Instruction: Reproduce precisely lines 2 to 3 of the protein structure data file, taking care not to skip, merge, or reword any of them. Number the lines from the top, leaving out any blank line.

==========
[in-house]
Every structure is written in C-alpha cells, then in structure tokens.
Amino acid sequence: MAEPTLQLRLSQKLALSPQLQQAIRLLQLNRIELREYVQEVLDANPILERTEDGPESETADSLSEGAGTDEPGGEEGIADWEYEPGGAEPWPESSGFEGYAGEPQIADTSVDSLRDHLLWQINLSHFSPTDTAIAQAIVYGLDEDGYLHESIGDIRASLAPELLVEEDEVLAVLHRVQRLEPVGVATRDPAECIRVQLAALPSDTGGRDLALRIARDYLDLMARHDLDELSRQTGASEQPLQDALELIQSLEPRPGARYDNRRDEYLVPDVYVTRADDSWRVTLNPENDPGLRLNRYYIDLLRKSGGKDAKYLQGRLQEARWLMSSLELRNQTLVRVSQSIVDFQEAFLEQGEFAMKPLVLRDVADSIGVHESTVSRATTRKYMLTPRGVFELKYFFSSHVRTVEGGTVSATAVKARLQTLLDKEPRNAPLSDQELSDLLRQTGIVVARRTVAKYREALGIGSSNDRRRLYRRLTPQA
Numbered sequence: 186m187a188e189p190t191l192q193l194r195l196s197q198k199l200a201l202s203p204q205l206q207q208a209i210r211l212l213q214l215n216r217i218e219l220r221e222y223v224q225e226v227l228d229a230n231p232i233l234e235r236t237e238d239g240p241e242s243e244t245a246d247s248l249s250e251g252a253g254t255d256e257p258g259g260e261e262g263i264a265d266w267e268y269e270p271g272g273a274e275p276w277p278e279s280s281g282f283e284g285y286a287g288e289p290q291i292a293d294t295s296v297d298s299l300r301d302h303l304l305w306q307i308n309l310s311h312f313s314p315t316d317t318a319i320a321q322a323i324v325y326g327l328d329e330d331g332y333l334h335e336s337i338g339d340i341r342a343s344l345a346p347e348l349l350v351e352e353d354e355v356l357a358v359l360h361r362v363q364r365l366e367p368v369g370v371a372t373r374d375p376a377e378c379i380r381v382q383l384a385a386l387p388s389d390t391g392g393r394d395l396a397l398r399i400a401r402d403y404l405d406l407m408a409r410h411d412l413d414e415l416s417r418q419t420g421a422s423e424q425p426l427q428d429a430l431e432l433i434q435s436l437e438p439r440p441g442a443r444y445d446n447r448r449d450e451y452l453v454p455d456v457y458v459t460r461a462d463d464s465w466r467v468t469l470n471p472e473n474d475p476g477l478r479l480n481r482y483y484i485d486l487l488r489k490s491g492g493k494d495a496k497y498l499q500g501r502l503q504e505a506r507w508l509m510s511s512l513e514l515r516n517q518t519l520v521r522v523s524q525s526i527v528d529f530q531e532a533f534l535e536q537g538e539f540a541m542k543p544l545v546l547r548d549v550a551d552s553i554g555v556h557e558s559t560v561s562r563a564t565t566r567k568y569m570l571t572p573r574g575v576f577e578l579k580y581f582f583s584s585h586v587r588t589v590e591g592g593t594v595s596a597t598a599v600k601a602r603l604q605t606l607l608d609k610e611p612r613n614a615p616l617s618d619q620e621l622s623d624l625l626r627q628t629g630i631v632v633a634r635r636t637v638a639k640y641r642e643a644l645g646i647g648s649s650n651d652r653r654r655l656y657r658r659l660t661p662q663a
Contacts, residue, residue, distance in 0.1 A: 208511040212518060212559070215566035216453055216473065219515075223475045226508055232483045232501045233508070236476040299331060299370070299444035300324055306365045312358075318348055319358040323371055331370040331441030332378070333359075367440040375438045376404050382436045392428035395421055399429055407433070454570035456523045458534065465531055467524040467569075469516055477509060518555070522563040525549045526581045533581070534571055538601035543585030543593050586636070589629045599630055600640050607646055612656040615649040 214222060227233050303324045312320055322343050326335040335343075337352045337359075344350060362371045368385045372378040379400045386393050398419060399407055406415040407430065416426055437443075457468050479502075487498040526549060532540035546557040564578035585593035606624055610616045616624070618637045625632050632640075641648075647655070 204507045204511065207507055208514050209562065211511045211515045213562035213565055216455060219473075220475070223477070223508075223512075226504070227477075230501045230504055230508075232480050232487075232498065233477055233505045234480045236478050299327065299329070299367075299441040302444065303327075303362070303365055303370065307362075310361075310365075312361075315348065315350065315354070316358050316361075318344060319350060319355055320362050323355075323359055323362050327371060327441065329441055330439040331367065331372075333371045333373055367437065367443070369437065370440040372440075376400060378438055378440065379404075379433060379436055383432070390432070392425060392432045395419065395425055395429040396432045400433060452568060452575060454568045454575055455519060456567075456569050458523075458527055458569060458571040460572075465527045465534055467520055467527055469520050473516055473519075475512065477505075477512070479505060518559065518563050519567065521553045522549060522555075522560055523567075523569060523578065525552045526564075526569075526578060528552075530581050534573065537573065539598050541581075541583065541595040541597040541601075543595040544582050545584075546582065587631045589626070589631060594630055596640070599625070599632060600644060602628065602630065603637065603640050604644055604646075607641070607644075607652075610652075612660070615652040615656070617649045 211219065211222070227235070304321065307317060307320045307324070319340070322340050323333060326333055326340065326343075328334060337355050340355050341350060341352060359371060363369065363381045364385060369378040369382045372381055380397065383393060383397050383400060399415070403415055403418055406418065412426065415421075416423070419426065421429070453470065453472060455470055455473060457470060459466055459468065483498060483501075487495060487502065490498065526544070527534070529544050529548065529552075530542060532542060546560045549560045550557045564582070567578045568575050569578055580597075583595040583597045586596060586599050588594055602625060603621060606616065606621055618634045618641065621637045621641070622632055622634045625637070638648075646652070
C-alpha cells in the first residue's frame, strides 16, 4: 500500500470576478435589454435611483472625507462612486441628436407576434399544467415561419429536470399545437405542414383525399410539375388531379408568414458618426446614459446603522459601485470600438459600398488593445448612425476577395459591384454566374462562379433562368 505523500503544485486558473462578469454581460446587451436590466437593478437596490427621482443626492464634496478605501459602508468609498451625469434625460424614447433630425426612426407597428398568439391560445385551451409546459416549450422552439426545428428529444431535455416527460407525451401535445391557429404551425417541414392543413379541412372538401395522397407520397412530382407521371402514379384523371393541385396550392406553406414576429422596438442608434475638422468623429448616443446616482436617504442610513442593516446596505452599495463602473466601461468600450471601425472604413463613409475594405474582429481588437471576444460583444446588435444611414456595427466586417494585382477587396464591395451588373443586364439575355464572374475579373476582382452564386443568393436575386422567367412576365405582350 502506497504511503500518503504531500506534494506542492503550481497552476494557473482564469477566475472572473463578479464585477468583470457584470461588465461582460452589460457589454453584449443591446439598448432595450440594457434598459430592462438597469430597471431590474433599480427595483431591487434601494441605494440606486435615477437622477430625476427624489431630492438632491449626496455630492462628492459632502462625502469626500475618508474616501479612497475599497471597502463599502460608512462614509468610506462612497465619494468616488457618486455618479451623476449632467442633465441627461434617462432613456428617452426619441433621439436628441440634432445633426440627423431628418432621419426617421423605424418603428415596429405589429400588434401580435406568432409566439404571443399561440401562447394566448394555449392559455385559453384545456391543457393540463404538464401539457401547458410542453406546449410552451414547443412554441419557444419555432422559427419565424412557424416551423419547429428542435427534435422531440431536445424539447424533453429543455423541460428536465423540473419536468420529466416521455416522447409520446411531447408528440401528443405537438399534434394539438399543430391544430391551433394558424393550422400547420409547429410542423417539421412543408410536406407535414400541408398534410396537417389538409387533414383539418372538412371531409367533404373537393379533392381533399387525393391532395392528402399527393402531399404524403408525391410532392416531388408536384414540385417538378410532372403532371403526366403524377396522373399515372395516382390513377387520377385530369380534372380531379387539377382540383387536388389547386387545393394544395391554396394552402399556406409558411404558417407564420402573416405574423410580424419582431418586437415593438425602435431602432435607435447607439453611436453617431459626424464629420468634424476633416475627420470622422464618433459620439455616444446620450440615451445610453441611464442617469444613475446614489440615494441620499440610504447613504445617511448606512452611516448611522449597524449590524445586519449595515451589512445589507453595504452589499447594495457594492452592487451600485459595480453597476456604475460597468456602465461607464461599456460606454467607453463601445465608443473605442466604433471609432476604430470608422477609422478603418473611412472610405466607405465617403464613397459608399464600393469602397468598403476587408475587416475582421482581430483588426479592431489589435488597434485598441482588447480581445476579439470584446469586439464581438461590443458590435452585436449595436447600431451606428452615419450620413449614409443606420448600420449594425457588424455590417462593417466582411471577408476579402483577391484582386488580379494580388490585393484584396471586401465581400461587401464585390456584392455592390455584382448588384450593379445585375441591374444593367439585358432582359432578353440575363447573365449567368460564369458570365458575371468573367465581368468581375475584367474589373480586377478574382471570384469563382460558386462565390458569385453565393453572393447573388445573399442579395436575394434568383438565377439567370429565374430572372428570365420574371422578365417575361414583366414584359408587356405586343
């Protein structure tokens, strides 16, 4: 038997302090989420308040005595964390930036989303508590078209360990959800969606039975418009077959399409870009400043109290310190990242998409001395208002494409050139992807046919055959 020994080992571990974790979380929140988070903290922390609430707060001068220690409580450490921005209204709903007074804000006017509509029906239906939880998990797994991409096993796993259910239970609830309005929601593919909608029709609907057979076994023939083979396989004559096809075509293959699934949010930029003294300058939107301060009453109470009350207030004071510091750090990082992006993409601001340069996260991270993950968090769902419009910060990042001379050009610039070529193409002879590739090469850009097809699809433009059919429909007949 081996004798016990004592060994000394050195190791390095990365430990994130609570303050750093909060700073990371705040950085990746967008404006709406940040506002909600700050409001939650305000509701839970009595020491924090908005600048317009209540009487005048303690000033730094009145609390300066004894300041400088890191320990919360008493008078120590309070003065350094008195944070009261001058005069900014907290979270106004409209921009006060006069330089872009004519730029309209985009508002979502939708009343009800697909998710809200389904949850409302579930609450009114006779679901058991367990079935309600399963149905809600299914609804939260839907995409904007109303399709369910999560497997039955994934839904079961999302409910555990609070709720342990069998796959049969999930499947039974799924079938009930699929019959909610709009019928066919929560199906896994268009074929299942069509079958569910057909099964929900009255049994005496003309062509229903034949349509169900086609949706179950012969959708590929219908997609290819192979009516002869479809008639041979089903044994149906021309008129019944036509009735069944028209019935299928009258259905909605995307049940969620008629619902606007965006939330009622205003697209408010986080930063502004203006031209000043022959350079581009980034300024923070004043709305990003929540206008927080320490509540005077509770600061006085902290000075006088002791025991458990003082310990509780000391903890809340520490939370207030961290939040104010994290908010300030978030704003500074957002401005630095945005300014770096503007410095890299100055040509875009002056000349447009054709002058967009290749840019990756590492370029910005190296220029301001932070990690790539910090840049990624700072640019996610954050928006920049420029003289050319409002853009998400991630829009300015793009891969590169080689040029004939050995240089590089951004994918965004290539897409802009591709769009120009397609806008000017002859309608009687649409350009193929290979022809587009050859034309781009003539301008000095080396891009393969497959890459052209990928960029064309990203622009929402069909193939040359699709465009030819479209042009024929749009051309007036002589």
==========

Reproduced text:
Every structure is written in C-alpha cells, then in structure tokens.
Amino acid sequence: MAEPTLQLRLSQKLALSPQLQQAIRLLQLNRIELREYVQEVLDANPILERTEDGPESETADSLSEGAGTDEPGGEEGIADWEYEPGGAEPWPESSGFEGYAGEPQIADTSVDSLRDHLLWQINLSHFSPTDTAIAQAIVYGLDEDGYLHESIGDIRASLAPELLVEEDEVLAVLHRVQRLEPVGVATRDPAECIRVQLAALPSDTGGRDLALRIARDYLDLMARHDLDELSRQTGASEQPLQDALELIQSLEPRPGARYDNRRDEYLVPDVYVTRADDSWRVTLNPENDPGLRLNRYYIDLLRKSGGKDAKYLQGRLQEARWLMSSLELRNQTLVRVSQSIVDFQEAFLEQGEFAMKPLVLRDVADSIGVHESTVSRATTRKYMLTPRGVFELKYFFSSHVRTVEGGTVSATAVKARLQTLLDKEPRNAPLSDQELSDLLRQTGIVVARRTVAKYREALGIGSSNDRRRLYRRLTPQA